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1947_11_29--022-Houston

TFC RC WHEN YOU BUY INNERSPRING MATTRESSES OR UPHOLSTERED FURNITURE, BE SURE THEY ARE BUILT WITH All NACHMAN Spring Products are tested, Inspected and approved by the Pittsburgh Testing Laboratory. 21 Wonder of wonders! Toby's become a miracle man, transforming ancient chairs into things of beauty with Hudson's Speedway Lektrik Paint Gun. NI, ire miracles on page 61. THE SATURDAY EVENING POST 55 $13.30* For chasing chills from ony room where extra heat is needed, you can't beat the Arvin 213 Fan-Forced Heater. Handsome in tan baked-enamel finish, simulating bronze. Convenient switch mounted in front. No radio interference from motor. 7,;••nn‘. 0-* $11.95* h..' 1'1 4/$;) Shower or shave in comfort ... dry hair quickly. You'll like the Arvin 101 Fan-Forced Heater I With pastel-green enamel finish. Hand-grip in back. Some heating fan unit as deluxe models. $9.80* For every room, the Arvin 52 Radiant Type Heater is a portable electric fireplace. Long, heavy-duty heat-unit, wound on porcelain, provides quick comfort in any room. $9.95* You Jusi Arrange - You Never Cliange RU SCO bteed SELF STORING COMBINATION Screen and Storm Sash By finger tip control, from inside, Rusco is instantly available as storm sash or screen provides year 'round, rainproof, draft-free, filtered-screen ventilation. Rusco is the answer to window convenience, comfort, safety and economy . they pay for themselves in fuel savings. Write today for descriptive booklet. The F. C. Russell Co. 6400SE HERMAN AVENUE, CLEVELAND 2, OHIO NACHMAN Toted Spring Constructions Shamaki screamed like an eagle, shook his long sleeves and jumped among the startled horses, pulling loose their halter ropes and driving them off into the moonlight. The door of the tower stayed dark. But feet rasped on stone and men called out. Shad heard Semyon's familiar wail of fright, shut off quick. Then there was quiet, as if those inside were trying to size up what was happening to them. Quiet, broken by the rapping of an automatic pistol. There was a soft rushing, like the twisting of struggling animals. A rifle whanged off, lighting an embrasure. The pistol echoed it, searching for an elusive target. Shad, wiping the sweat from his eyes, remembered how Anya had said that men who lit a fire in the ruined castle would be visited by a devil. The silence that followed set his nerves on edge. Then he heard feet running. Close together, four men broke from the doorway. Not one of these was hurt, but they acted as if mad with fear. Swerving away from the body by the fire, they ran to where the horses had been tethered, then broke away again, disappearing into the moonlight. Faintly, Shad heard the echo of Shamaid's laughter. Ayub came out alone, holding to the wall. On his shoulder he gripped Semyon, who whimpered. When he climbed the stones slowly, Shad heard him breathing like a tired animal. He had to help the big man climb into the jeep- At the door of Anya's room there was a good light from the fire. Ayub carried the boy in and then set him down. For the first time,Shad saw how the injured man was bleeding from the HOUSTON (Continued from Page 23) money is spent, Houston still won't have enough of anything—streets, downtown eating places, hotels, homes, drainage or schools. Today, because of inadequate plant, some Houston children can be schooled for only half a day. Yet, since the beginning, that has almost always been Houston's story: the exciting agonies of hurried growth. The whole thing started out as a routine real-estate-promotion scheme. It was initiated by two brothers named Allen. J. K. was the contact man, the generator of contagious enthusiasm, and his brother, A. C., was the quiet one who looked at you over the top of his spectacles and decided what was what. Soon after Gen. Sam Houston defeated the Mexican General Santa Anna at the near-by battlefield of San Jacinto in 1836, the Allen brothers acquired the land on which Houston now stands. It cost a dollar an acre, fifty cents down. They laid off streets through the wild woods and prairie. More to the point, they named their unpeopled city after the most adored and dashing man in Texas. Then they began their spiel. . In newspaper ads back in the United States they extolled Houston, which they spoke of as being "situated at the head of navigation, on the west bank of Buffalo Bayou." They did not add that it was navigable only by rowboats. Writing of this time, Mrs. Dilue Harris, a distinguished early settler, has said: "There was so much excitement about the city of Houston that some of the young men in the neighborhood . . . visited it. . . . It was hard work to chest and hip; the flesh of one cheek had been ripped open. Semyon straddled his legs and hurried to his mother. She picked him up, but she was staring at Ayub, sweating and swaying on his feet. She said, "Chleb sol." Taking his hand, she drew him over to the bench. Making him sit down, she began to pull off his dirty jacket, staring at him as if afraid. When she had heated water in the caldron on the fire, she washed the big man's wounds with clean garments hanging by the fire. As she did so, she pressed her cheek against the good side of his head happily. "Early tonight," she cried at Shad, "when I called him bad names, he told me something! At Kiev, Ayub was many days in the house-to-house fighting. Yes, there he found Mi'hail hurt, and carried him out. But Mi'hail died. Now tonight he promised me that he would bring Semyon out of the house, and Semyon would be alive." Carefully, she began to pull off Ayub's boots and help him to lie down in her bed. " He is bad sick," she said. Although she spoke to Shad, she didn't seem to know he was there. Daybreak came soon, and when it did, Shad Donovan got up from the bench where he had been sitting and put another log on the fire. When he looked at Anya asleep under a sheepskin on the floor by the bed, with her hand touching Ayub's scarred head, he did not wake her to ask if, after all, she did not want him to take her and the kid down to Tiflis. He knew the answer to that, and he eased himself out to his jeep without waking any of the family. THE END find. . . . When they did, it consisted of one dugout canoe, a bottle gourd of whisky, a surveyor's chain, and was inhabited by four men with an ordinary camping outfit." But the Allens were so unrelenting in their publicity campaign that when the brand-new congress of the Republic of Texas met in Columbia to select a provisional capital, they swallowed the Aliens' bait, chose Houston, and voted $15,000 to erect a building "suitable for the accommodation of the congress of the republic and such other buildings as may be necessary." After the Allens had pulled off this remarkable coup, it was a breeze to convince a man named Lubbock that he should buy a stock of groceries and start up the bayou on a small sternwheel steamboat. No such boat had ever come so far up the bayou, and the Laura was three days making the last twelve miles, where the bayou bristled with snags that had to be torn out. By now, several houses were being built. There was a big tent which contained a saloon, and an influx of immigrants, seldom since arrested, began. There were game and wild cattle in the woods, an, abundance of blue-gray Spanish moss for stuffing mattresses and pillows, joints of cane to be whittled into forks and spoons. All but domestic produce was naturally dear. Most of all, there were the rain, the bottomless mud and the mosquitoes. For many a subsequent year the annual yellow-fever epidemics would carry off Houstonians literally by the ton. At the celebration of the first anniversary of the Battle of San Jacinto, the halyard got stuck in the top of the flagpole, and President Houston gave a sailor a town lot for skinning up the pole and setting things aright. That There's plenty of warmth for baby's bath with the Arvin 203A Fan-Forced Heater. Completely safe with bright finished grille. Handsome in ivory baked-enamel finish. Toe-switch control, hand-grip in back. Red glow-light gives fireplace effect. All Arvins are Underwriters' Listed for Your Protection *Prices slightly higher in Zone 2 NOBLITT-SPARKS INDUSTRIES, INC. Columbus, Indiana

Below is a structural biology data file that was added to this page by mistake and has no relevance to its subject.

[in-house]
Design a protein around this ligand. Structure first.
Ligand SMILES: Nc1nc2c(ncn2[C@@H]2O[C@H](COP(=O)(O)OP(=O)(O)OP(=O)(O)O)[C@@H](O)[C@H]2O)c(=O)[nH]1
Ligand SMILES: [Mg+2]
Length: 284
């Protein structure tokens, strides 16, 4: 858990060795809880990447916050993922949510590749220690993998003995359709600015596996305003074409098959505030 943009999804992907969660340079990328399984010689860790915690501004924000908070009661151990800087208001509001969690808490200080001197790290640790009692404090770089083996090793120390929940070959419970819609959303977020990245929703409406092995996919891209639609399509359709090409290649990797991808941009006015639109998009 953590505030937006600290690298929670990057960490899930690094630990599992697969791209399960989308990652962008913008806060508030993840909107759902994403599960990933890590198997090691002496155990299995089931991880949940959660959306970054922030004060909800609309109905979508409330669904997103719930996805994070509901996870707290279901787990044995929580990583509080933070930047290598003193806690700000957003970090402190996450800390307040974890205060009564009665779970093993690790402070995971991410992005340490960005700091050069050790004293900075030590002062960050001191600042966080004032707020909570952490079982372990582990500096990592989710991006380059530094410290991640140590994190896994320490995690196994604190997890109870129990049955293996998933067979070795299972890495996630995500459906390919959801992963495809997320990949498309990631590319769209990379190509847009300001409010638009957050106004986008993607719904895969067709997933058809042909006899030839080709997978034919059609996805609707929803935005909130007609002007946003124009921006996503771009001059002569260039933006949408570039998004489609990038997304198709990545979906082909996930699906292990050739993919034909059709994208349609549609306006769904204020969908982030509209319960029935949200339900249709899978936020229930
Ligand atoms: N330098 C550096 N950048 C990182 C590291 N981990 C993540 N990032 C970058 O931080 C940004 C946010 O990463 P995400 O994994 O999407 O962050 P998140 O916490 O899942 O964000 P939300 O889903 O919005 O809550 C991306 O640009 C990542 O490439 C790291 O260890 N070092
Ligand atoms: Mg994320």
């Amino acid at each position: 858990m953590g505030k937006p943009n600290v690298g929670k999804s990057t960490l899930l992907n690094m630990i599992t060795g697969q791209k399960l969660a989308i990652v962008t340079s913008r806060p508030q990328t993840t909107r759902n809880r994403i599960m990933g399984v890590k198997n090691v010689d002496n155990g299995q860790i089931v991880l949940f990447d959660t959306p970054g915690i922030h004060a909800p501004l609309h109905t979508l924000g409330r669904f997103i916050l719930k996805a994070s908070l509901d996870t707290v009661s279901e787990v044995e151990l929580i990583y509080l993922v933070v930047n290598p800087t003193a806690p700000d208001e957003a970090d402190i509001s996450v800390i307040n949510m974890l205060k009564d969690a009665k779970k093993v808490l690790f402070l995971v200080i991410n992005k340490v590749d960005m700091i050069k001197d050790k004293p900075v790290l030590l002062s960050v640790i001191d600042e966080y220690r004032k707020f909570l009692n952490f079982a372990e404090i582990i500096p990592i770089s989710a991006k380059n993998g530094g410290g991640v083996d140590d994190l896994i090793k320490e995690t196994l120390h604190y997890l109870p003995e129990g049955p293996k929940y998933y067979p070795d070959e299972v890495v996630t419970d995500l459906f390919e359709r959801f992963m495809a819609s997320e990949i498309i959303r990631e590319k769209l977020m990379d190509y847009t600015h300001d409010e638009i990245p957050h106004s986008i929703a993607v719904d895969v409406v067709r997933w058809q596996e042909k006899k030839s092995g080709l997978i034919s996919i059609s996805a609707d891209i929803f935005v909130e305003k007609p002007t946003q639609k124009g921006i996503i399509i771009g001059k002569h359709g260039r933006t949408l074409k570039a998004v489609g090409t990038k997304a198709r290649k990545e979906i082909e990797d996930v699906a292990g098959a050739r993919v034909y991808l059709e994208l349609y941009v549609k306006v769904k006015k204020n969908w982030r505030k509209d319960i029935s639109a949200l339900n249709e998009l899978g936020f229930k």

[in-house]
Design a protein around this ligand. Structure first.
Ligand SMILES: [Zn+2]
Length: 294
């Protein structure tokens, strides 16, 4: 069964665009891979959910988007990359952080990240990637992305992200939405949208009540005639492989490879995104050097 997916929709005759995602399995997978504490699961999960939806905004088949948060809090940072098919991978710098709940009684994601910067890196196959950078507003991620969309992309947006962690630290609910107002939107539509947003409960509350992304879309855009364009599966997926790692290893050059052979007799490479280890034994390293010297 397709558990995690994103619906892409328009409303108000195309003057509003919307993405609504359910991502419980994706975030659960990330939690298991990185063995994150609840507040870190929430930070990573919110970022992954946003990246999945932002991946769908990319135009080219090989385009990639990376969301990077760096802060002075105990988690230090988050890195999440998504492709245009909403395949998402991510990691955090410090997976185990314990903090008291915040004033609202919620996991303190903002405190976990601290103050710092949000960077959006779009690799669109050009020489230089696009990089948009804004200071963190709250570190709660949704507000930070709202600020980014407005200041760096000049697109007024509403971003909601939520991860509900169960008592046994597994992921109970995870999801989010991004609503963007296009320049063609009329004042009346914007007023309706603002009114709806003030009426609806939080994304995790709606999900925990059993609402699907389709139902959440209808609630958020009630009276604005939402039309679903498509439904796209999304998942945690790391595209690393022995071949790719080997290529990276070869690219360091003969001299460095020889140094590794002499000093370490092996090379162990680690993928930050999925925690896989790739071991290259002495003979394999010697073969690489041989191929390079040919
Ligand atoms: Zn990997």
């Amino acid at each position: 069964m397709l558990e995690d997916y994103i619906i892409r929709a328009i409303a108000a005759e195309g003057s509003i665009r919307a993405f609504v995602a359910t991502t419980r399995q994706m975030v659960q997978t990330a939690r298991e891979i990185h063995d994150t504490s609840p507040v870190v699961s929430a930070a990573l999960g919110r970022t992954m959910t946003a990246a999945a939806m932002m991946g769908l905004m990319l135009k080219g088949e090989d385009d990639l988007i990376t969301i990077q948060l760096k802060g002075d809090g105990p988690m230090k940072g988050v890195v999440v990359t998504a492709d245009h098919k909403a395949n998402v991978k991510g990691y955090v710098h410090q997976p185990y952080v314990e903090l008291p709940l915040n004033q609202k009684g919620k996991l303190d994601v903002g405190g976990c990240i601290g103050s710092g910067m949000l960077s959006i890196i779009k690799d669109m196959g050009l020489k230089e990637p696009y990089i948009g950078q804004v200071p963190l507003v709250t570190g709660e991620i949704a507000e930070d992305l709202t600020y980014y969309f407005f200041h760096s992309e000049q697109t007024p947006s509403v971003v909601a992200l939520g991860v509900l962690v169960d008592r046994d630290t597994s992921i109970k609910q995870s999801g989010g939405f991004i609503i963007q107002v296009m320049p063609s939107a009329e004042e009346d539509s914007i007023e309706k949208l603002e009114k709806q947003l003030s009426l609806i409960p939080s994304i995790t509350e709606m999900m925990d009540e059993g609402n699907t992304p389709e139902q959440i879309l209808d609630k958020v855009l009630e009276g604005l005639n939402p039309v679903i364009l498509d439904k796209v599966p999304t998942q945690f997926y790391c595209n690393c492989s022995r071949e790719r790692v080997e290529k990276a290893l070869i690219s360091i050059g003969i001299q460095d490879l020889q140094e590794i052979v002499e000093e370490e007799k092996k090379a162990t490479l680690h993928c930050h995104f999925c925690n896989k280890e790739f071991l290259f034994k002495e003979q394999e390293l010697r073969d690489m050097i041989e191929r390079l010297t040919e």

1947_11_29--022-Houston